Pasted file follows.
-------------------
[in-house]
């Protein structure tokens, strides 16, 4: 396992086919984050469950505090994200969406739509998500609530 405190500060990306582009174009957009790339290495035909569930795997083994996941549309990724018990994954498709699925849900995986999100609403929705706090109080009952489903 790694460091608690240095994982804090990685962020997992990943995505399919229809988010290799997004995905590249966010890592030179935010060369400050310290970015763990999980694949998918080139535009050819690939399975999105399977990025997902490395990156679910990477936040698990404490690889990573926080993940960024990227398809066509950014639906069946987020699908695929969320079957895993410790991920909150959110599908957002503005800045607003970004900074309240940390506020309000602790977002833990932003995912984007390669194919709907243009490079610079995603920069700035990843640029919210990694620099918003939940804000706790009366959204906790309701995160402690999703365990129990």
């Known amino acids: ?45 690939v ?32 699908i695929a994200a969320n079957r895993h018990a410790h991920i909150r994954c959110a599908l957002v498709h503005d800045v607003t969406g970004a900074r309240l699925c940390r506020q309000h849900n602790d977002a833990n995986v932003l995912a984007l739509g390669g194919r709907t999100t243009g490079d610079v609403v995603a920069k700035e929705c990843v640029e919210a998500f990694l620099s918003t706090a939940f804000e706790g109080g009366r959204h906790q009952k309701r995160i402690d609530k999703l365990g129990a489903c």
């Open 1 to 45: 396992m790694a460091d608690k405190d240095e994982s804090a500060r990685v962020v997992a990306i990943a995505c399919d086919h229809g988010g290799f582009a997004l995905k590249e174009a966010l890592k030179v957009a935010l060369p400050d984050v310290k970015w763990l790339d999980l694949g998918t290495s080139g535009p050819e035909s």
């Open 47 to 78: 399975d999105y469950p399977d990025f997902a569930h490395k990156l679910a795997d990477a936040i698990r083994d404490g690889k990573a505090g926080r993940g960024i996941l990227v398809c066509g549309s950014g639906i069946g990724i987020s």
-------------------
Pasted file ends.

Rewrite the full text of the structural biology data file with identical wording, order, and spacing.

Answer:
[in-house]
């Protein structure tokens, strides 16, 4: 396992086919984050469950505090994200969406739509998500609530 405190500060990306582009174009957009790339290495035909569930795997083994996941549309990724018990994954498709699925849900995986999100609403929705706090109080009952489903 790694460091608690240095994982804090990685962020997992990943995505399919229809988010290799997004995905590249966010890592030179935010060369400050310290970015763990999980694949998918080139535009050819690939399975999105399977990025997902490395990156679910990477936040698990404490690889990573926080993940960024990227398809066509950014639906069946987020699908695929969320079957895993410790991920909150959110599908957002503005800045607003970004900074309240940390506020309000602790977002833990932003995912984007390669194919709907243009490079610079995603920069700035990843640029919210990694620099918003939940804000706790009366959204906790309701995160402690999703365990129990």
């Known amino acids: ?45 690939v ?32 699908i695929a994200a969320n079957r895993h018990a410790h991920i909150r994954c959110a599908l957002v498709h503005d800045v607003t969406g970004a900074r309240l699925c940390r506020q309000h849900n602790d977002a833990n995986v932003l995912a984007l739509g390669g194919r709907t999100t243009g490079d610079v609403v995603a920069k700035e929705c990843v640029e919210a998500f990694l620099s918003t706090a939940f804000e706790g109080g009366r959204h906790q009952k309701r995160i402690d609530k999703l365990g129990a489903c």
């Open 1 to 45: 396992m790694a460091d608690k405190d240095e994982s804090a500060r990685v962020v997992a990306i990943a995505c399919d086919h229809g988010g290799f582009a997004l995905k590249e174009a966010l890592k030179v957009a935010l060369p400050d984050v310290k970015w763990l790339d999980l694949g998918t290495s080139g535009p050819e035909s």
């Open 47 to 78: 399975d999105y469950p399977d990025f997902a569930h490395k990156l679910a795997d990477a936040i698990r083994d404490g690889k990573a505090g926080r993940g960024i996941l990227v398809c066509g549309s950014g639906i069946g990724i987020s």